Who would have thought readers would be interested to hear what I have to say? I’m not from America. I’m not white. I’m not famous.
That’s not to say all is well. The status quo is still against a global SF field. But change is coming and, hopefully, it swings in our favour. There’re a lot of voices that haven’t been heard; it’s not because authors aren’t writing.
I’m delighted to announce that The Apex Book of World SF 2, is now officially out! It is now on Amazon and Amazon UK (Kindle, Paperback), in both Kindle and paperback editions, or can be ordered directly from the publisher.
Table of Contents:
- “Alternate Girl’s Expatriate Life” by Rochita Loenen-Ruiz
- “Mr. Goop” by Ivor W. Hartmann
- “Trees of Bone” by Daliso Chaponda
- “The First Peruvian in Space” by Daniel Salvo (translated by Jose B. Adolph)
- “Eyes in the Vastness of Forever” by Gustavo Bondoni
- “The Tomb” by Chen Qiufan (translated by the author)
- “The Sound of Breaking Glass” by Joyce Chng
- “A Single Year” by Csilla Kleinheincz (translated by the author)
- “The Secret Origin of Spin-Man” by Andrew Drilon
- “Borrowed Time” by Anabel Enríquez Piñeiro (translated by Daniel W. Koon)
- “Branded” by Lauren Beukes
- “December 8th” by Raúl Flores (translated by Daniel W. Koon)
- “Hungry Man” by Will Elliott
- “Nira and I” by Shweta Narayan
- “Nothing Happened in 1999” by Fábio Fernandes
- “Shadow” by Tade Thompson
- “Shibuya no Love” by Hannu Rajaniemi
- “Maquech” by Silvia Moreno-Garcia
- “The Glory of the World” by Sergey Gerasimov
- “The New Neighbours” by Tim Jones
- “From the Lost Diary of TreeFrog7” by Nnedi Okorafor
- “The Slows” by Gail Hareven (translated by Yaacov Jeffrey Green)
- “Zombie Lenin” by Ekaterina Sedia
- “Electric Sonalika” by Samit Basu
- “The Malady” by Andrzej Sapkowski (translated by Wiesiek Powaga)
- “A Life Made Possible Behind The Barricades” by Jacques Barcia
Publishers Weekly starred review:
Apex’s second international anthology hits the right chord for readers looking for mostly non-Western perspectives on science fiction and the world at large. Some stories are original to this anthology; others appear in their first English translation. Cultural roots may not always be obvious, but they run deep in most of the stories, and all illuminate traditional storytelling and new ideas. In Ivor W. Hartmann’s “Mr. Goop,” young Tamuka comes to realize the worth of an embarrassing Geneform servant in a post–climate change world. The title characters of Shweta Narayan’s “Nira and I” find freedom through a mist they believe comes from a beloved honor-murdered family member. Nnedi Okorafor’s “From the Lost Diary of TreeFrog7” chronicles the hunt for an ancient master CPU on a world of organic technology. Each story pushes past established boundaries, bringing readers experiences that are unique and familiar all at once. (Oct.)
In order to promote the forthcoming release of The Apex Book of World SF 2, we’ve decided to offer a very special edition to anyone pre-ordering the paperback edition. While the trade edition is scheduled for August, anyone ordering a copy by April 30th will receive their copy in May (three months early!) and with unique bonus content.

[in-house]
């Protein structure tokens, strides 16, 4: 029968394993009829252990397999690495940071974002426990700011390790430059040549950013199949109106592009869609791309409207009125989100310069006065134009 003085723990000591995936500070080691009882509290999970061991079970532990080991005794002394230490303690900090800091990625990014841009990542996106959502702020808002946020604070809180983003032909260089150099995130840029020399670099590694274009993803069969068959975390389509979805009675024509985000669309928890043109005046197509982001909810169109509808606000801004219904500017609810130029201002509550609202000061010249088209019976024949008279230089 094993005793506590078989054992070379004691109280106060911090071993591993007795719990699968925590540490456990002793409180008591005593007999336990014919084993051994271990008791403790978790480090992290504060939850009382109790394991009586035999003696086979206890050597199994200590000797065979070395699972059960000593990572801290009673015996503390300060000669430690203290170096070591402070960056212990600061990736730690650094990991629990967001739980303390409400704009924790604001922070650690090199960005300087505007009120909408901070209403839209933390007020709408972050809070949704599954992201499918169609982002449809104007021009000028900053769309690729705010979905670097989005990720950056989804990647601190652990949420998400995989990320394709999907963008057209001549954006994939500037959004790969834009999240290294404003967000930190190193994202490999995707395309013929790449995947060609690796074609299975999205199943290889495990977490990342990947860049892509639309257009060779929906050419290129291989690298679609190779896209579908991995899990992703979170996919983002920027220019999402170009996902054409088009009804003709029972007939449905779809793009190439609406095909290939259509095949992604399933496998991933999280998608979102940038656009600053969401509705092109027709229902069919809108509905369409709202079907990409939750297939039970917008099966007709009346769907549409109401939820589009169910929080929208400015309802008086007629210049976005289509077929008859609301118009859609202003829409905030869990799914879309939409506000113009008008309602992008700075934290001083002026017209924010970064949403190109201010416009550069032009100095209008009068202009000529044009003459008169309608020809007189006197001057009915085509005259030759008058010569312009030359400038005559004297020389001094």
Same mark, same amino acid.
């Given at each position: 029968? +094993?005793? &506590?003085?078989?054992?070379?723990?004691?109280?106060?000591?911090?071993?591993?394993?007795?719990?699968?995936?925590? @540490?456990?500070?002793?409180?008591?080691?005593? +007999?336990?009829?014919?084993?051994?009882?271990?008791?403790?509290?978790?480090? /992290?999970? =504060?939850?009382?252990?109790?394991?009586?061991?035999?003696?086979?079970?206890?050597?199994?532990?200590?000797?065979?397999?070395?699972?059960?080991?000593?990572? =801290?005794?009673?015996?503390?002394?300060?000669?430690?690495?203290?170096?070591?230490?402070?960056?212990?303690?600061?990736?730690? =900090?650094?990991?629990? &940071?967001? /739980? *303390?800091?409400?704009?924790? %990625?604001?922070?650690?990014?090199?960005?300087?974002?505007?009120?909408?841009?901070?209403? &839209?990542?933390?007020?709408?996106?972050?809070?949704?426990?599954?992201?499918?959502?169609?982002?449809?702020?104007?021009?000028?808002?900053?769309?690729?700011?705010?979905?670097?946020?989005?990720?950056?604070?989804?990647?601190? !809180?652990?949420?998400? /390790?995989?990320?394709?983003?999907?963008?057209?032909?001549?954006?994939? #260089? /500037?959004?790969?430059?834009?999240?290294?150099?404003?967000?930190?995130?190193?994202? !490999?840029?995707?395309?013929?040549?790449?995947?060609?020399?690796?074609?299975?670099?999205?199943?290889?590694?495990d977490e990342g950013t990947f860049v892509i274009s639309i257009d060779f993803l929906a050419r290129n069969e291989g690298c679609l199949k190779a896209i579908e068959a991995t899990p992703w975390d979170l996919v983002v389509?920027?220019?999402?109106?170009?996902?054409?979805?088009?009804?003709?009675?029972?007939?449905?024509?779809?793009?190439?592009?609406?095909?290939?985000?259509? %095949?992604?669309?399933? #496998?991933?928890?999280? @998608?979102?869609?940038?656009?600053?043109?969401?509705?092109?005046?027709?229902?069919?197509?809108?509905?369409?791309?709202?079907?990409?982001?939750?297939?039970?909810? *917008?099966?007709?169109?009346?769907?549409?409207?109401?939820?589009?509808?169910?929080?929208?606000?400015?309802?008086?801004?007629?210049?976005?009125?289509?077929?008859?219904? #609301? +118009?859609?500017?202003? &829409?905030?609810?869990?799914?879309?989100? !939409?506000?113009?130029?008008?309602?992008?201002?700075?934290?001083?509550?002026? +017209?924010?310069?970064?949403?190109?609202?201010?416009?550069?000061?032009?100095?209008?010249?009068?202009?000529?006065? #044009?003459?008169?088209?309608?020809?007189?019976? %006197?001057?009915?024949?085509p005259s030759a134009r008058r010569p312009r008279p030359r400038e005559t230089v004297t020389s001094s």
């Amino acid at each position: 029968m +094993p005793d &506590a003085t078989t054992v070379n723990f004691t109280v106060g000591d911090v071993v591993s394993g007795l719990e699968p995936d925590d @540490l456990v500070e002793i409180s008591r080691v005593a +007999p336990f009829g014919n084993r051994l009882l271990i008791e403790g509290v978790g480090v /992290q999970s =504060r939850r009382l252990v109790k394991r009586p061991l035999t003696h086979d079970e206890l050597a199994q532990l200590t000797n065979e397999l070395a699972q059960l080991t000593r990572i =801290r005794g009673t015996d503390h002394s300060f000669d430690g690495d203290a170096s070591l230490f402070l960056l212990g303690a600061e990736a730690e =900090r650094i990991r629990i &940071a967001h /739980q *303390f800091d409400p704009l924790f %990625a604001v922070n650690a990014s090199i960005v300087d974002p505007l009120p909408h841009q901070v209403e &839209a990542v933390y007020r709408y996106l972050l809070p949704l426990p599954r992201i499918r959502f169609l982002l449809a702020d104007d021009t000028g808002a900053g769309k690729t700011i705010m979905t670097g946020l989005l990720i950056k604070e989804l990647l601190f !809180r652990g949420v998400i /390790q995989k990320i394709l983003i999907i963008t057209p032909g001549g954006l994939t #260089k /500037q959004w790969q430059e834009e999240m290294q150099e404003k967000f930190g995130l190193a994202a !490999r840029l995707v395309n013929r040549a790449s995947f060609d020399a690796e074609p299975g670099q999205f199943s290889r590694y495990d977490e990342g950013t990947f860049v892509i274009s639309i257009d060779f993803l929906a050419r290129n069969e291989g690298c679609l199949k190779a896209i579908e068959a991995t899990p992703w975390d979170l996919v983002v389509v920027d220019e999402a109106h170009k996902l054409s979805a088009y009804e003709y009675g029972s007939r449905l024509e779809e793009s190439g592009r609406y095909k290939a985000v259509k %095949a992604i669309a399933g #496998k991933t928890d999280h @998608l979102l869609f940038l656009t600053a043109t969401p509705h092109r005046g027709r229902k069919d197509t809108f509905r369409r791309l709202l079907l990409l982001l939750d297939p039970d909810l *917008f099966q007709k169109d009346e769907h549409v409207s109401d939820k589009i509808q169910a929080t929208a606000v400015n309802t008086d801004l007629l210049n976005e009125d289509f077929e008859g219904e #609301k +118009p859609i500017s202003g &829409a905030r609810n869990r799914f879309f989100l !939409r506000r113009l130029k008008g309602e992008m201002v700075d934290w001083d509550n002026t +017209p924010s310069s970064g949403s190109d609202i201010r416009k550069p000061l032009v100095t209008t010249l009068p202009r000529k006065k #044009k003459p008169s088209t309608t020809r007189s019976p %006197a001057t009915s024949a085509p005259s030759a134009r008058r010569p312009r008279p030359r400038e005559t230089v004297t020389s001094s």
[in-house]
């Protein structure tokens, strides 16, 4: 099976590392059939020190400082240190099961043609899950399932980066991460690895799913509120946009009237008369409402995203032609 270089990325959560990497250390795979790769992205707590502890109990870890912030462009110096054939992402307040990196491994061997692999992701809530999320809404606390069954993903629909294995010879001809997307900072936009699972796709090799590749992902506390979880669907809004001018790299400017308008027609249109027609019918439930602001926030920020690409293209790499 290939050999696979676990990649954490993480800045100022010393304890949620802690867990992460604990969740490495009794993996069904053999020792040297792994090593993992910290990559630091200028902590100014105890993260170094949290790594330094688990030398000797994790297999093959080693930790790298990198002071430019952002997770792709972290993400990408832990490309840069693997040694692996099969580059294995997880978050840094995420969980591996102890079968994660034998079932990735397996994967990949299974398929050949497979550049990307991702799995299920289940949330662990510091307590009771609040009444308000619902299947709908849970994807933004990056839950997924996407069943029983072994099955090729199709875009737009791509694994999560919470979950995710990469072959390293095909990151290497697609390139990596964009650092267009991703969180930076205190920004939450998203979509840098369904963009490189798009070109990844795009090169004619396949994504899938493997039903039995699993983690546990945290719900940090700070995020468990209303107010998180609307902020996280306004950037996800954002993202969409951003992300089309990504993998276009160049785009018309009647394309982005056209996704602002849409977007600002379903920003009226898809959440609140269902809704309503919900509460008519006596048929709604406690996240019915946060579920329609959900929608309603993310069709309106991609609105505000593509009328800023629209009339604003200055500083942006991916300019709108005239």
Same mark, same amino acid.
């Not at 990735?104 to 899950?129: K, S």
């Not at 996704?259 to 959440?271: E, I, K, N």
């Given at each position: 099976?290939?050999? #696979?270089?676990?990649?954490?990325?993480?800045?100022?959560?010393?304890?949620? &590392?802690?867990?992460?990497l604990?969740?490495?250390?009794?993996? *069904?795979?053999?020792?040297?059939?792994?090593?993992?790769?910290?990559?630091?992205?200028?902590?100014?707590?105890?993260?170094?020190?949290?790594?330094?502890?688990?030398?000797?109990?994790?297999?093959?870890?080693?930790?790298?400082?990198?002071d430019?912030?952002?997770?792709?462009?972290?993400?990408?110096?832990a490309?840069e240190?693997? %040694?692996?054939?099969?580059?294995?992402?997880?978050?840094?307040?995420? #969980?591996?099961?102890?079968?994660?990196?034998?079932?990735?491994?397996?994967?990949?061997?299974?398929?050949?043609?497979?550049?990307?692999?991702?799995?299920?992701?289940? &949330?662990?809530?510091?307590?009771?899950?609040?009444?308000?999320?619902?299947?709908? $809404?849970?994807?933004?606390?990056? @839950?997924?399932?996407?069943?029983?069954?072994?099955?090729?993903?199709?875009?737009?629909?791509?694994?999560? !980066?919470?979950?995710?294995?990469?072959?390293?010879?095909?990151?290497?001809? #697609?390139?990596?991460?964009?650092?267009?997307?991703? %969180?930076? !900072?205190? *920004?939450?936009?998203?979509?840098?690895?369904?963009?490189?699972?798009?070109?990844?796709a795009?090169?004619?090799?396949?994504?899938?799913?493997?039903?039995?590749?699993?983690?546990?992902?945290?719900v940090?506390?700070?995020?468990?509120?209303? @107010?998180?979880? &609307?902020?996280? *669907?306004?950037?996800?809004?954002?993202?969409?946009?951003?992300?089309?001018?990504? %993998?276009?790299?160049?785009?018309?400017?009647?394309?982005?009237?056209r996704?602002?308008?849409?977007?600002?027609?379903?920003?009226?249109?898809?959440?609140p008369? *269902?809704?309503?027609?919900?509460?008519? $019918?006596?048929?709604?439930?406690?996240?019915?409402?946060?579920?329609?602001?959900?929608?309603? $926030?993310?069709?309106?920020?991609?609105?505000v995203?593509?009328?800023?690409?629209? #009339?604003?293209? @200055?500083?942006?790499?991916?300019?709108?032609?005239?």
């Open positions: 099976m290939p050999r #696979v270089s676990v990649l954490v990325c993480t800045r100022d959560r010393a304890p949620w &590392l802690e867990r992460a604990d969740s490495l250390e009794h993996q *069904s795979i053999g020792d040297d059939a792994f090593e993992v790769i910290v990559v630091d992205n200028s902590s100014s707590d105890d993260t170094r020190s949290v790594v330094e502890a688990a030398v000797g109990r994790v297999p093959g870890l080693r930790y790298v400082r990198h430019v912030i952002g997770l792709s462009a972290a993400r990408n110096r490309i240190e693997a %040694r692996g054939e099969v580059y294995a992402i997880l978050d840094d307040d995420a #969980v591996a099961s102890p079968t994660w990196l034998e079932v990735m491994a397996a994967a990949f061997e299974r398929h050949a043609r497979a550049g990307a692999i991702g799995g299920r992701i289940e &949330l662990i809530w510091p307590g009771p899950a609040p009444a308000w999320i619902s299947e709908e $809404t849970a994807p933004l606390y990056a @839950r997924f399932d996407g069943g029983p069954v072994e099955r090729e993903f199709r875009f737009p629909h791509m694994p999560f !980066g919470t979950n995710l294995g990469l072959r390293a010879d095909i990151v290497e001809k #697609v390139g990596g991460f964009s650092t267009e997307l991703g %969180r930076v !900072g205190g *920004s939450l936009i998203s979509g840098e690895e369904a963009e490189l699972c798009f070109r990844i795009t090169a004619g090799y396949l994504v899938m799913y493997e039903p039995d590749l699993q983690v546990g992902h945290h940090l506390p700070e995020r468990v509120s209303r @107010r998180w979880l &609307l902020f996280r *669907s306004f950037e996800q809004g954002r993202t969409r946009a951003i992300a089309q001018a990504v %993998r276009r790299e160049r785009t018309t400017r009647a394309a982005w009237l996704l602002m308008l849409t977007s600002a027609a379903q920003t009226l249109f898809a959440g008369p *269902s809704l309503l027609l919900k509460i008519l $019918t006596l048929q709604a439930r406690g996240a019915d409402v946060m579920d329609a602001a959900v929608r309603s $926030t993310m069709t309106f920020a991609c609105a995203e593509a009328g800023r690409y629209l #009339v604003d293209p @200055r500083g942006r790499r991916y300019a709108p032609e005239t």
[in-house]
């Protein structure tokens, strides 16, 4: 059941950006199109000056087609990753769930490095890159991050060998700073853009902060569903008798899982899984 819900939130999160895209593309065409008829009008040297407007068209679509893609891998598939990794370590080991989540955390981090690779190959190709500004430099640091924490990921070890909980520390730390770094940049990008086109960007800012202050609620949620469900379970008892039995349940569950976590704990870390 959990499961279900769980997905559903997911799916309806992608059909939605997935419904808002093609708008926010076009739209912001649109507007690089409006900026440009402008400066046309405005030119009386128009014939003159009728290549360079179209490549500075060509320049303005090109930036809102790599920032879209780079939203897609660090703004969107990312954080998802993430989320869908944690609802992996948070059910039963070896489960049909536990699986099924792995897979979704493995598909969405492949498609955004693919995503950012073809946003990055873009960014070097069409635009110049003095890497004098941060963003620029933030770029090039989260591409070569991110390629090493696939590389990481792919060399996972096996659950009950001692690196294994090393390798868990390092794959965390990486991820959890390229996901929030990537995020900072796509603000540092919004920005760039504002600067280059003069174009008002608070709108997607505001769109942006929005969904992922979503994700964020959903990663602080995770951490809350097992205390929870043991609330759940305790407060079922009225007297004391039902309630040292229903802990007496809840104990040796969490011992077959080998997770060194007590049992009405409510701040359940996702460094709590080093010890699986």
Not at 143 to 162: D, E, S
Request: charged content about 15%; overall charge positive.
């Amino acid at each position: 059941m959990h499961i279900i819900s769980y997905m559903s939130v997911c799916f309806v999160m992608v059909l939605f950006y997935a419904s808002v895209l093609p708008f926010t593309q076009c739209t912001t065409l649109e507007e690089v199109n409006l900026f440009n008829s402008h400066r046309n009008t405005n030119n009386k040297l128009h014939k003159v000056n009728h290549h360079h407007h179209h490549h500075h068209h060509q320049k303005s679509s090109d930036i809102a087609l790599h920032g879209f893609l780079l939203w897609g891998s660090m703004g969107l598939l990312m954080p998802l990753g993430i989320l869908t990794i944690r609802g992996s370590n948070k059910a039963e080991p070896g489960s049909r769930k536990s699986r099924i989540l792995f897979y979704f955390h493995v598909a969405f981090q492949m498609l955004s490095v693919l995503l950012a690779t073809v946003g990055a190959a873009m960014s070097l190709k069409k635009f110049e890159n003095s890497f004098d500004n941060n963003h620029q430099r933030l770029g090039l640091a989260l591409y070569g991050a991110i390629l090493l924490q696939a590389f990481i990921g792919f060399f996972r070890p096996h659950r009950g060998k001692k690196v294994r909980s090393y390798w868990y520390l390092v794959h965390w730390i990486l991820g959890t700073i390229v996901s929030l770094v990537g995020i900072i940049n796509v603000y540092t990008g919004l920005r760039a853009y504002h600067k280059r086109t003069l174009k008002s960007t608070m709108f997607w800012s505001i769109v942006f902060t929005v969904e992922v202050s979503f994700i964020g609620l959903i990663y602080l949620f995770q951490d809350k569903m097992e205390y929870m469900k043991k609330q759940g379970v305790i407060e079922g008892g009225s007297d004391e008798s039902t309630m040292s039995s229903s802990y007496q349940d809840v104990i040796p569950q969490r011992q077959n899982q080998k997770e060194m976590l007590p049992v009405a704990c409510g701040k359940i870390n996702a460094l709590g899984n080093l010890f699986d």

Pre-order the anthology and it will include, as a special bonus, Nir Yaniv‘s never-before-published-in-English novelette “Undercity” (8800 words) as well as Charles Tan‘s essay, “World SF: Our Possible Future”!
Edited by Lavie Tidhar, The Apex Book of World SF 2 collects works from award-winning SF writers from Africa, Asia, Latin America, Europe, Australia, New Zealand and the Middle East. Featured authors include Will Elliot, Hannu Rajaniemi, Shweta Narayan, Lauren Beukes, Ekaterina Sedia, Nnedi Okorafor, and Andrzej Sapkowski. Several of the stories are published for the first time in English.
Preorders of the special edition can be placed at
We are aiming for 100 pre-orders – please consider supporting Apex and the World SF Blog by pre-ordering!
I’m delighted to announce that The Apex Book of World SF 2 is, at long last, available for pre-orders!
And we get to reveal the fabulous cover, by Mexican artist Raúl Cruz.
*Preorder and receive the first volume of The Apex Book of World SF for only $5*
Scheduled release date of April, 2012
An expedition to an alien planet; Lenin rising from the dead; a superhero so secret he does not exist; inThe Apex Book of World SF 2, World Fantasy Award nominated editor Lavie Tidhar brings together a unique collection of stories from around the world. Quiet horror from Cuba and Australia; surrealist fantasy from Russia and epic fantasy from Poland; near-future tales from Mexico and Finland, or cyberpunk from South Africa: in this anthology one gets a glimpse of the complex and fascinating world of genre fiction – from all over our world. Featuring work from noted international authors such as Will Elliot, Hannu Rajaniemi, Shweta Narayan, Lauren Bukes, Ekaterina Sedia, Nnedi Okorafor, and Andrzej Sapkowski.
Don’t miss the first volume of great international fiction in volume one of The Apex Book of World SF edited by Lavie Tidhar.
Table of Contents:
“Alternate Girl’s Expatriate Life” by Rochita Loenen-Ruiz
“Mr. Goop” by Ivor W. Hartmann
“Trees of Bone” by Daliso Chaponda
“The First Peruvian in Space” by Daniel Salvo (translated by Jose B. Adolph)